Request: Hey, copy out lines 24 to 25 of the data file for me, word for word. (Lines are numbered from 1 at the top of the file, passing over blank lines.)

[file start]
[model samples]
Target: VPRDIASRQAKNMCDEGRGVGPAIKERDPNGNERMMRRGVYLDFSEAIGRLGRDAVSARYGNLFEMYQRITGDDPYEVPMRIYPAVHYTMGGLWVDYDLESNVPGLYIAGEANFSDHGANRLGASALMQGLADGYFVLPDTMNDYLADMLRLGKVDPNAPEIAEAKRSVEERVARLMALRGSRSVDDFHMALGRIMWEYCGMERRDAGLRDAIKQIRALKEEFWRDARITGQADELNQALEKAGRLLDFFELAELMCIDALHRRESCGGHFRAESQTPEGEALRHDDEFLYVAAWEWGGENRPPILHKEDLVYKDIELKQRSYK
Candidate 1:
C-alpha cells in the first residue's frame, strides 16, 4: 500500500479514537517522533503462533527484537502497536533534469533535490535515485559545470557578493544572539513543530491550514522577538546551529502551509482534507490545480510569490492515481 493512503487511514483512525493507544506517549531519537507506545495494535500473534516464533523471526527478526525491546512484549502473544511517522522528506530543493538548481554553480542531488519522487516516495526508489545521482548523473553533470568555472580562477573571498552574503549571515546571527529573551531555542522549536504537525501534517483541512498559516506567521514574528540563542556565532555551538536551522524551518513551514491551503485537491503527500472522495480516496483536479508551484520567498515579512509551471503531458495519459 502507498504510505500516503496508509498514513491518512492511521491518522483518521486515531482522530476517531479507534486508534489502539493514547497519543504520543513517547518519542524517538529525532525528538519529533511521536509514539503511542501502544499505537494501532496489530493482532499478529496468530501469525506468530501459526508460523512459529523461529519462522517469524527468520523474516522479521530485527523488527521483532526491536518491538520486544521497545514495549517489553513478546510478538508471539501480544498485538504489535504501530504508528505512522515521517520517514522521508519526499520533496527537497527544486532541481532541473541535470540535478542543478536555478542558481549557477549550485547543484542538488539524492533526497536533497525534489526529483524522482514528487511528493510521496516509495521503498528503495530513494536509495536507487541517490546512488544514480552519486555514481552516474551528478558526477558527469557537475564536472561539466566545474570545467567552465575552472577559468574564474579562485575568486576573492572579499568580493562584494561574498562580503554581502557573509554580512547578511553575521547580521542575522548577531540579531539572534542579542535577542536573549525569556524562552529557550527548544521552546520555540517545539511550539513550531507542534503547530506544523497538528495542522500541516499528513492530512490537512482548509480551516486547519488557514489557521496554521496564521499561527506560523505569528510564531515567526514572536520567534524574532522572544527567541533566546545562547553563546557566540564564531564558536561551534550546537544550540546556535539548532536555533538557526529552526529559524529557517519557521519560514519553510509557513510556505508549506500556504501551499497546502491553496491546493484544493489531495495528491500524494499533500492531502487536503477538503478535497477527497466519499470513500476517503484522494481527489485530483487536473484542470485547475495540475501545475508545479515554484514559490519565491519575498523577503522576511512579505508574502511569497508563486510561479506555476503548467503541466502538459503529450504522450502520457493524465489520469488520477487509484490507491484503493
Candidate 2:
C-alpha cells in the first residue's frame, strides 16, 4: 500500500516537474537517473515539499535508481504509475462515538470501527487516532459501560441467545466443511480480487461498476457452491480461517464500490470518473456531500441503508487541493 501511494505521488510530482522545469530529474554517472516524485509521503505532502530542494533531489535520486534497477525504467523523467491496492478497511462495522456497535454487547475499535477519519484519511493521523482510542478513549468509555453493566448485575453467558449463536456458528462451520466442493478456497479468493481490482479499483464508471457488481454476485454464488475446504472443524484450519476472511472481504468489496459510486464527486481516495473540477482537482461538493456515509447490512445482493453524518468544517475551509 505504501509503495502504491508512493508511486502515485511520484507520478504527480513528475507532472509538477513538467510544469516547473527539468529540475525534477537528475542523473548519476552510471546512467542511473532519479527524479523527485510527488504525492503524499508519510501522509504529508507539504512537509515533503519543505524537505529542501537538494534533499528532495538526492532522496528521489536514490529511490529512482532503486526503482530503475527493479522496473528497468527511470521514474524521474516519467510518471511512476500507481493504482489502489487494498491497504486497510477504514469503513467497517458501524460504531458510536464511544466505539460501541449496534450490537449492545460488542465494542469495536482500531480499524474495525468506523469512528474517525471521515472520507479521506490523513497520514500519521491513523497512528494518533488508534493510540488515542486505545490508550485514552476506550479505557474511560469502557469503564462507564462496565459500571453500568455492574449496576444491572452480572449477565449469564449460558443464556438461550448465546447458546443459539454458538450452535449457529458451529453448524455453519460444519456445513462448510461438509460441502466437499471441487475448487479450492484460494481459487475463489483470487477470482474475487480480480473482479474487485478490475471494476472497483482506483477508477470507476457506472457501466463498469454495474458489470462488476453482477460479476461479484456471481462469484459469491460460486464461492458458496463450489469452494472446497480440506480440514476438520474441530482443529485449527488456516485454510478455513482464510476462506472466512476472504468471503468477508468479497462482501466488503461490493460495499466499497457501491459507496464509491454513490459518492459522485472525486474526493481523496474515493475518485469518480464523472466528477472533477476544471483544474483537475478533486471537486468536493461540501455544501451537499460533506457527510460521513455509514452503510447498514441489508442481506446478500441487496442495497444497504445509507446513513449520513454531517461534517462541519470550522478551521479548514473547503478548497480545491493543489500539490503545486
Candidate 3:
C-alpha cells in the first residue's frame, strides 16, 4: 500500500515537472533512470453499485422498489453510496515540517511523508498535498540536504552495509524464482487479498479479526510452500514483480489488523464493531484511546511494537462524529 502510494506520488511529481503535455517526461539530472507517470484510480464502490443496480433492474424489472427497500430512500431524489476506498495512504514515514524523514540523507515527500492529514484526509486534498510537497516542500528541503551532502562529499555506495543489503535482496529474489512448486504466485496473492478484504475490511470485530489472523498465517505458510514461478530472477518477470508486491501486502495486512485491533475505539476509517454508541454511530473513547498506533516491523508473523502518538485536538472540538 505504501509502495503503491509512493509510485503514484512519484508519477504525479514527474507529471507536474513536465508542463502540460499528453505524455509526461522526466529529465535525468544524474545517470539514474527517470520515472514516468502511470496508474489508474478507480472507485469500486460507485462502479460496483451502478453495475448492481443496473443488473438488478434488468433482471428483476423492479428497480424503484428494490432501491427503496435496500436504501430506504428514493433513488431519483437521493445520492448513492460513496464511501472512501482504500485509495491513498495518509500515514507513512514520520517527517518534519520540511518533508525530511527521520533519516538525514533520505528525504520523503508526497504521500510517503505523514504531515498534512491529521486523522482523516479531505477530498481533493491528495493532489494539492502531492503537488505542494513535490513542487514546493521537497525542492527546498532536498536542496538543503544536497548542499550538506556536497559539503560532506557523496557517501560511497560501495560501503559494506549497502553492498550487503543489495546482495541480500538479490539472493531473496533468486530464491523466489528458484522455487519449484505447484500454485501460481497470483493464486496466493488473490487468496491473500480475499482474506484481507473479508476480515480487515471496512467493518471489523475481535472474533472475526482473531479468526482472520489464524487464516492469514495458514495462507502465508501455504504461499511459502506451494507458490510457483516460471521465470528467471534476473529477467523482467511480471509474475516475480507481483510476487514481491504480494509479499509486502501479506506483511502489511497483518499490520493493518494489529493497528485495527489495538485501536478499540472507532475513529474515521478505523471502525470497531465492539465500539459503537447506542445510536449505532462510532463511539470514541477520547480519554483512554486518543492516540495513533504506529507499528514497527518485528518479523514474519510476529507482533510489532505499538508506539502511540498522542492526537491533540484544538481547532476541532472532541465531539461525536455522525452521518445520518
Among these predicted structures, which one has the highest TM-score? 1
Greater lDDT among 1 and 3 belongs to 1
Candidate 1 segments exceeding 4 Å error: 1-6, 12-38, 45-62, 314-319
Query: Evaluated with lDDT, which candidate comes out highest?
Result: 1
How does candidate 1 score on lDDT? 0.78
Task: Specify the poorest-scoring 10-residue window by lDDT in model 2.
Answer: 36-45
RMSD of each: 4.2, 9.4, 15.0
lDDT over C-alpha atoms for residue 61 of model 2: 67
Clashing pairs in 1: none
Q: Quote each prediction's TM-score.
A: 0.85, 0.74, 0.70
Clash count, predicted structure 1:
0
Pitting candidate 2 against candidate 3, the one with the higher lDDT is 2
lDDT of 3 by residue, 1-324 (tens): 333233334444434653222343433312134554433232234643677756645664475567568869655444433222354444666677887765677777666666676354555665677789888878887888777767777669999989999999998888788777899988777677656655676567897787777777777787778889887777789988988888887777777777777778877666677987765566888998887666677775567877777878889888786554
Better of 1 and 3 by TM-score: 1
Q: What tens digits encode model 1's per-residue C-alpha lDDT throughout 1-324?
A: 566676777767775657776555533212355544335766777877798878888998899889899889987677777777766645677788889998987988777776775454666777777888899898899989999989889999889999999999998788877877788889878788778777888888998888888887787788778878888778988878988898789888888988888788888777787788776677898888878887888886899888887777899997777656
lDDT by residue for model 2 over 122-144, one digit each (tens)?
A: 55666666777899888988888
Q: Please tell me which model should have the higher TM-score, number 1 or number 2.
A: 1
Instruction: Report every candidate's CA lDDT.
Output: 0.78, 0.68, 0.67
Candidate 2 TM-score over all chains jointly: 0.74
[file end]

Pitting candidate 2 against candidate 3, the one with the higher lDDT is 2
lDDT of 3 by residue, 1-324 (tens): 333233334444434653222343433312134554433232234643677756645664475567568869655444433222354444666677887765677777666666676354555665677789888878887888777767777669999989999999998888788777899988777677656655676567897787777777777787778889887777789988988888887777777777777778877666677987765566888998887666677775567877777878889888786554